Author/s:

Bremer, S.

Publisher:

Science Direct

Year of Publication:

2017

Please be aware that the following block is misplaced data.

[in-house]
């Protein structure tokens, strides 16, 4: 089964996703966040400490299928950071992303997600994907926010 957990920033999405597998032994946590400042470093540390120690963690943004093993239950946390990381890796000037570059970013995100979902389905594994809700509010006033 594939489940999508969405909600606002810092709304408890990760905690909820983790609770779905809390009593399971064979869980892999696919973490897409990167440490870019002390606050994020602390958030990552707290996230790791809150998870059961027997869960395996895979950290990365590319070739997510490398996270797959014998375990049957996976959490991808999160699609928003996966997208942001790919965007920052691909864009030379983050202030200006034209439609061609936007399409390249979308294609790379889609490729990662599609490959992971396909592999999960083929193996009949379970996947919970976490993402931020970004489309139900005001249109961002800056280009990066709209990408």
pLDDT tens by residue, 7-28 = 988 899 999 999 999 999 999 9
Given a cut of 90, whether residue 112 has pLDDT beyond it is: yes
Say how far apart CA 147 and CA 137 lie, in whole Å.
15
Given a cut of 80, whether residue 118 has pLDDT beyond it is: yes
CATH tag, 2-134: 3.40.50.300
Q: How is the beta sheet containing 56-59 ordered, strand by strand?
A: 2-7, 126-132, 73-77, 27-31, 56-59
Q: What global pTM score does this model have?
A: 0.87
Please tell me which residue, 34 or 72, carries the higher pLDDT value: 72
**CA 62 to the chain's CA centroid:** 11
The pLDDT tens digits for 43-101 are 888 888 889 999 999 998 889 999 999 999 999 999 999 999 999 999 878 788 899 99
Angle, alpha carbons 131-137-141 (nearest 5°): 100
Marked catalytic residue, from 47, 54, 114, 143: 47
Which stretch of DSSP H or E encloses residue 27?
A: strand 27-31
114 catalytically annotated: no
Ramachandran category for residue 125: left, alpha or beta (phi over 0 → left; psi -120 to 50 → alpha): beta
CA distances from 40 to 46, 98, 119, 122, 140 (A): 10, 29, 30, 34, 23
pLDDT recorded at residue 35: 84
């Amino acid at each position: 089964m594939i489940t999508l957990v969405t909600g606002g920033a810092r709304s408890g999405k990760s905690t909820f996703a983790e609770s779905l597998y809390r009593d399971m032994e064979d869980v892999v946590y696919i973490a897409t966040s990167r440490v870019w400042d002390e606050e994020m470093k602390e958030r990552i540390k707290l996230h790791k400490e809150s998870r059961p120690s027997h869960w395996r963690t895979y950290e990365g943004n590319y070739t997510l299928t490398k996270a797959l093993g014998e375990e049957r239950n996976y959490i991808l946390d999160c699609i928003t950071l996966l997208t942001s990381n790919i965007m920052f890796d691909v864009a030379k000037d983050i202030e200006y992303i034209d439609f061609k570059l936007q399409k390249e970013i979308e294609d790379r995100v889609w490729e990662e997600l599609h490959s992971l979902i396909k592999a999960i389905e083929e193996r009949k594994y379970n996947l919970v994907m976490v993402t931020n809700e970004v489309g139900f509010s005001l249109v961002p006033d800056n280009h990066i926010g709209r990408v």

Our representations of climate are changing, and with them the ways we claim to know our local climates, and live according to them. Amidst this destabilising change in natural and social orders, scientific representations of climate are emerging as dominant. In this perspective piece I start from post-normal science and offer two arguments against completely yielding climate representation to experts, illustrated by my experiences in northeast Bangladesh. Descriptively, abandoning non-scientific representations and knowledge of climate results in a smaller and more fragile knowledge base for adaptation. Normatively, it is our common enterprise to rediscover the places we inhabit; it is not the responsibility of the expert community alone to reinterpret our places under a changing climate. Looking at the co-existence of modern and pre-modern representations of climate in Bangladesh, I suggest that post-normal science approaches may help bridge these different representations, with equal attention to their quality for adaptation, and the values and meanings underpinning them.

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